Today, The March of Time might “seem wildly irresponsible and even illegal,” as historian Erik Barnouw observes in his mammoth History of Broadcasting in the United States. But its underlying premise—that audiences want news that’s more entertaining, and more comprehensible, than reality itself—has never gone away, and in fact has only gathered steam. The legion of pundits who populate today’s news channels and blogs are, each in his or her own way, searching for Rosebud—something that would make sense of a chaotic, at times disturbing, and often nonsensical world. Citizen Kane begins with a straightly factual newsreel account of Kane’s life, but that’s not good enough for the producers of “News on the March.” They want an “angle,” a good story—something dramatic, shocking, even touching. In short, they want Rosebud, even if, as the reporter realizes at the end of the film, no single word holds the key to a person’s life. The brilliance of Welles’s film is that it invites viewers to make up their own minds about its protagonist—an opportunity the newsreel producers, like their modern counterparts, seem determined to deny their own audience.
Kane’s media empire is built on “fakery in allegiance to the truth.” Like the real historical figure that inspired him (the great yellow journalist William Randolph Hearst), Kane willingly reshapes the facts in service of his own beliefs, heedless of the real-life damage he might cause. As the brash young publisher of the New York Inquirer, he tackles the “money-mad pirates” making fortunes on the backs of the underprivileged—even though his own finances are tied in with theirs. In the same scene, he gleefully seeks to spur a conflict between the U.S. and Spain, cabling a reporter in Cuba (in an echo of Hearst): “[Y]ou provide the prose poems, I’ll provide the war.” He promotes himself as a truth-teller, a righteous defender of the downtrodden, but he always puts his own interests first and foremost. “Don’t believe everything you hear on the radio,” Kane declares early in the film, perhaps in a sly reference to War of the Worlds. As an alternative, he promotes his own paper: “Read the Inquirer.”
This media monopoly creates, in essence, a bubble, which Kane zealously defends at great cost. He uses his wealth and influence to try and bend reality to his will, but he continually fails. The truth keeps reasserting itself. To prove that his second wife is truly a great singer, Kane builds a $3 million opera house in Chicago and forces her to perform against her will, pushing her to the point of suicide. But all the forceful clapping in the world can’t hide the simple truth that Welles, in one of the great visual flourishes in the film, so clearly reveals—she stinks. After meeting with Adolf Hitler and other European heads of state in 1935, Kane scoffs at the idea of a second great war. “You can take my word for it,” Kane tells the press, four years before the German invasion of Poland, “there will be no war.” And as his empire falls apart, Kane retreats to the only world he can truly control—Xanadu, his opulent Florida estate, where he dies lonely and ignored.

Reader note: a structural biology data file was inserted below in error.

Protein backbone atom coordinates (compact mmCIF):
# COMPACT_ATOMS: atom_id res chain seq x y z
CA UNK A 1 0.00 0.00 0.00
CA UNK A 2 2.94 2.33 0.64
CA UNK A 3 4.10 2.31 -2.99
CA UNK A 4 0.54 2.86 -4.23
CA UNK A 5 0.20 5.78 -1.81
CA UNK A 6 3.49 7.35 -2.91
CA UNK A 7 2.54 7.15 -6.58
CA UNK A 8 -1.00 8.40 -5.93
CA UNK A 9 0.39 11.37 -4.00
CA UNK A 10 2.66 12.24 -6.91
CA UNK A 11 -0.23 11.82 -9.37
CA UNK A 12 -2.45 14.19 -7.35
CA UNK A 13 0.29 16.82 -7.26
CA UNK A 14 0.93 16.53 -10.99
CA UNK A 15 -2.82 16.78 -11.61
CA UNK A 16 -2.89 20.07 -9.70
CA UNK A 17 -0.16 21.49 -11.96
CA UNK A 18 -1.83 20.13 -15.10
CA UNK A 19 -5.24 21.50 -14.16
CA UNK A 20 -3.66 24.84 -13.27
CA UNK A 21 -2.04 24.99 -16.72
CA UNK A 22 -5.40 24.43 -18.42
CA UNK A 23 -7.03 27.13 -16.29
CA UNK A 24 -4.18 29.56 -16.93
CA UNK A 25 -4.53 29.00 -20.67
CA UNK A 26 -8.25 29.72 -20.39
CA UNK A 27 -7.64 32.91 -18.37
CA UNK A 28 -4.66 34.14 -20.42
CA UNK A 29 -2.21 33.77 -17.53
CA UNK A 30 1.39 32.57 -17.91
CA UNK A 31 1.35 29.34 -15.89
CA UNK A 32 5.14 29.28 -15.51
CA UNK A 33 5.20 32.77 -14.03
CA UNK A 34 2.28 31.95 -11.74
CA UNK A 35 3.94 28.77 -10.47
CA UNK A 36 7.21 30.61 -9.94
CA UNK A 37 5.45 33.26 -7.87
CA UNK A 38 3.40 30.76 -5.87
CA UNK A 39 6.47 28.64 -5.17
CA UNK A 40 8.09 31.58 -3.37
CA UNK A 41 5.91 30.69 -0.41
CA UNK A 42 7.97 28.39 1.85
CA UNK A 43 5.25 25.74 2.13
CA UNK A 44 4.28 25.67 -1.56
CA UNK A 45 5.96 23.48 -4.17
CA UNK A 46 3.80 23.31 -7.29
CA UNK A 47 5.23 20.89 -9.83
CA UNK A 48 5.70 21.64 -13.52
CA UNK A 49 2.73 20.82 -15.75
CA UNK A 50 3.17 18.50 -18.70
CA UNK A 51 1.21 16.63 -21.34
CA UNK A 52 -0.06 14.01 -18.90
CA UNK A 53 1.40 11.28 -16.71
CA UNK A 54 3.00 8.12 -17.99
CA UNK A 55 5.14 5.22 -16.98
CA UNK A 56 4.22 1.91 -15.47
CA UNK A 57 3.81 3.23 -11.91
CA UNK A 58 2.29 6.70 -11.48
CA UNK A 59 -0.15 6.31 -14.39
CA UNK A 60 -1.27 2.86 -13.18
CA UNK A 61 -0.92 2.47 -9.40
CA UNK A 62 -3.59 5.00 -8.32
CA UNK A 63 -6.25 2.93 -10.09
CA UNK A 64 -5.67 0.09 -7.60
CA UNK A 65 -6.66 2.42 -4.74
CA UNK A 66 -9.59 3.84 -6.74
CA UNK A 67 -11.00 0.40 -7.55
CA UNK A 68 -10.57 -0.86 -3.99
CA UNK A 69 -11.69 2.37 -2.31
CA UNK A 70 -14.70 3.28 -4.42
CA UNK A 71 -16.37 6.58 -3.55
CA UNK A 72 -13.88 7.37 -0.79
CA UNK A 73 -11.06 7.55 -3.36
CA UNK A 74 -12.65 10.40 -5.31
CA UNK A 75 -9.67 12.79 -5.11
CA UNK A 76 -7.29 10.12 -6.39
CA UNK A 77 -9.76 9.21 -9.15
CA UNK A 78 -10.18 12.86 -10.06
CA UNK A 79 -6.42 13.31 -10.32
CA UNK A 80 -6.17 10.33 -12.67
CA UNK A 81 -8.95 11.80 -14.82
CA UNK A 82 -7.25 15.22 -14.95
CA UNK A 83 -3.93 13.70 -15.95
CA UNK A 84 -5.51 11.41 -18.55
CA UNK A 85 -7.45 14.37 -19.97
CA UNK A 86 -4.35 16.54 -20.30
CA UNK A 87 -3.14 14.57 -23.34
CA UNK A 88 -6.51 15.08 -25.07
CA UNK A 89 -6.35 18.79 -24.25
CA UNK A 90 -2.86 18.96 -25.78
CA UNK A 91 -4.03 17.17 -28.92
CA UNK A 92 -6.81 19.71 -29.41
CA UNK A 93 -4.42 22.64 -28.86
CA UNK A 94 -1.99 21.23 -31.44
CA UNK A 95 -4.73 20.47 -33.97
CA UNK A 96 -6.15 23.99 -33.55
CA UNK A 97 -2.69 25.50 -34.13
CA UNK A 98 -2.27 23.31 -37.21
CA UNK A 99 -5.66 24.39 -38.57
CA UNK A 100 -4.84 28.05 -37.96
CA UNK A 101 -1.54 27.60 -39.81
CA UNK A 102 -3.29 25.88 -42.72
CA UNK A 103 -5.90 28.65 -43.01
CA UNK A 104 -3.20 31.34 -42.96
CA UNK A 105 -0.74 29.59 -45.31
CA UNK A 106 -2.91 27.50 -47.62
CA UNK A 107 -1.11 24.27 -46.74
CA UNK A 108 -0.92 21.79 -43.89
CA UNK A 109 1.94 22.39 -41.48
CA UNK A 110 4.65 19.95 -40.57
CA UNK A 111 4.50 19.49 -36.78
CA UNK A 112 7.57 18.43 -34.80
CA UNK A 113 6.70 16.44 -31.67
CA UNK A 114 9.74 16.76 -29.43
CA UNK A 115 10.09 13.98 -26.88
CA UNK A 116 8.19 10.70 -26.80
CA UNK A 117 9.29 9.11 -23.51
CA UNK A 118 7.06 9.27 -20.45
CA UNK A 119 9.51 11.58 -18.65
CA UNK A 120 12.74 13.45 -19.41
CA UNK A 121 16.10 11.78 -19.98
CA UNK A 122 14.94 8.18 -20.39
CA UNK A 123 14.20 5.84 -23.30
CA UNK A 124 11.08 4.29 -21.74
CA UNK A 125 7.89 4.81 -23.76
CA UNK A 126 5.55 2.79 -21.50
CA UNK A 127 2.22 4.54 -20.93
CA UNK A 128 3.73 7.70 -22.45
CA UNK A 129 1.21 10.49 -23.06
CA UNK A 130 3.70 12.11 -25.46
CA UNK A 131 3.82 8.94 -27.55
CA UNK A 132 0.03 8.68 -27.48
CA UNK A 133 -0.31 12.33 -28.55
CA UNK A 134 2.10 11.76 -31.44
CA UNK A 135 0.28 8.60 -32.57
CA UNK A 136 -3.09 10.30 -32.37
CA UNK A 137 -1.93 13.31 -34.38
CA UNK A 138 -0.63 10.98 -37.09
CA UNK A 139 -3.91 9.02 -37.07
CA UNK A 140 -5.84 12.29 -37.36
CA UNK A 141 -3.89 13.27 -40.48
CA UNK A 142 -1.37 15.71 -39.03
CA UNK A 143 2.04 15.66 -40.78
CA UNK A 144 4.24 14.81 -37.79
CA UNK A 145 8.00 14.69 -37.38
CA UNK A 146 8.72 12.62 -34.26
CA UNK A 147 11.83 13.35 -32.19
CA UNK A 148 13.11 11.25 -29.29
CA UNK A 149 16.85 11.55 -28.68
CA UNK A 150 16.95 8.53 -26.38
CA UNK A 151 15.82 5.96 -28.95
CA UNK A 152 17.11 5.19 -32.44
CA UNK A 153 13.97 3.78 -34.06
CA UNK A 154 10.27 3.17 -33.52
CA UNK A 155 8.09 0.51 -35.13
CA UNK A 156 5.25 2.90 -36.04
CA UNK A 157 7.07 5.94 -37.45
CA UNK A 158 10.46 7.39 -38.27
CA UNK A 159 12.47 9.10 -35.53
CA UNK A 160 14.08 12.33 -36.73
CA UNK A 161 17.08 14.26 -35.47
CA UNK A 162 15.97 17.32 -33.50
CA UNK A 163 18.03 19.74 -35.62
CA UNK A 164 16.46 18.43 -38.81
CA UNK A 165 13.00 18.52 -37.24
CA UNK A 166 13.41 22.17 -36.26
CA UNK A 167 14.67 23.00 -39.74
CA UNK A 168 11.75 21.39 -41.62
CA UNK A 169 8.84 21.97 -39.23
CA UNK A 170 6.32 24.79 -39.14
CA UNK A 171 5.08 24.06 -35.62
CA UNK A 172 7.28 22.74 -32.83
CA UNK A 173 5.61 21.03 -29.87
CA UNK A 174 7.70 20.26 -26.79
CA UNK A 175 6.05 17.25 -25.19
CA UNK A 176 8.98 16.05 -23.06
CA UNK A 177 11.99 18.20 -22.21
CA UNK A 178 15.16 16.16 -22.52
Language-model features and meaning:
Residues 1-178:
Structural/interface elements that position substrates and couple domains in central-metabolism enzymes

The apex of Kane’s self-delusion is his 1916 run for governor. At an iconic rally in Madison Square Garden, Kane gives a speech that would not seem out of place coming from Donald Trump (or, for that matter, Bernie Sanders). He proudly cites his yuge poll numbers, rails against the corrupt political establishment, and promises to “do everything in my power to protect the underprivileged, the underpaid, and the underfed.” But his campaign collapses when his nemesis leaks word of his extramarital affair to rival newspapers. For once, Kane’s own trusty weapon, the tabloid press, gets turned against him. And he tries to fight back the only way he knows how—by using his empire to deny the painful truth. On election night, his paper prepares two headlines: one, “KANE ELECTED,” and the other, “FRAUD AT POLLS!”
But even though a scandal proves Kane’s immediate undoing, the film makes clear that his political aspirations were ill fated from the start. After the returns come in, Kane receives a visit from Jed Leland (Joseph Cotten), his old friend and surrogate conscience. In spite (or perhaps because of) being plastered, Leland cuts to the heart of Kane’s misplaced ambition:
“You talk about the people as though you owned them … As long as I can remember, you’ve talked about giving the people their rights, as if you could make them a present of liberty… When your precious underprivileged really get together… oh, boy. That’s going to add up to something bigger than your privilege, then I don’t know what you’ll do. Sail away to a desert island, probably, and lord it over the monkeys.”
Leland recognizes the absurdity of a man who’s never had to work a day in his life appointing himself the defender of “the workingman.” With all the power at his command, Kane has crafted a compelling narrative, in which the people are victims and he’s their savior. But he can’t save them, because they’re not his to save. Sooner or later, Leland predicts, they’ll figure out they don’t need him. And then they’ll turn on him.
In this, at least, Donald Trump might agree. “You can’t con people, at least not for long,” Trump explains in The Art of the Deal. “You can create excitement, you can do wonderful promotion and get all kinds of press, and you can throw in a little hyperbole. But if you don’t deliver the goods, people will eventually catch on.” Kane couldn’t deliver the goods. And if the manifest unfeasibility of Trump’s signature campaign promise—the border wall—is any indication, he can’t either.
In the 75 years since Kane’s release, the media have only gotten louder, more persuasive, and all enveloping. Americans can now choose between many different versions of Kane’s media empire, each offering their own Rosebuds, their own versions of reality. “Fakery in allegiance to the truth” has given way to fakery with no resemblance to the truth—falsehoods perpetuated, repeated, and reinforced until they become almost indistinguishable from facts. This makes it ever easier to retreat, like Kane, into your own private Xanadu. If you don’t like the outcome of an election, you’ll have no trouble finding some reassuring headline that declares, “FRAUD AT POLLS!” But if Welles’s film teaches anything, it’s that a painful reality check is always waiting in the wings. A campaign (or an administration) based on “outrageous untruth” can only go so far. The question that remains is whether the rest of us will emulate Kane’s descent into destructive self-delusion.
Brad Schwartz is the author of Broadcast Hysteria: Orson Welles’s War of the Worlds and the Art of Fake News, the paperback edition of which will be released on May 17.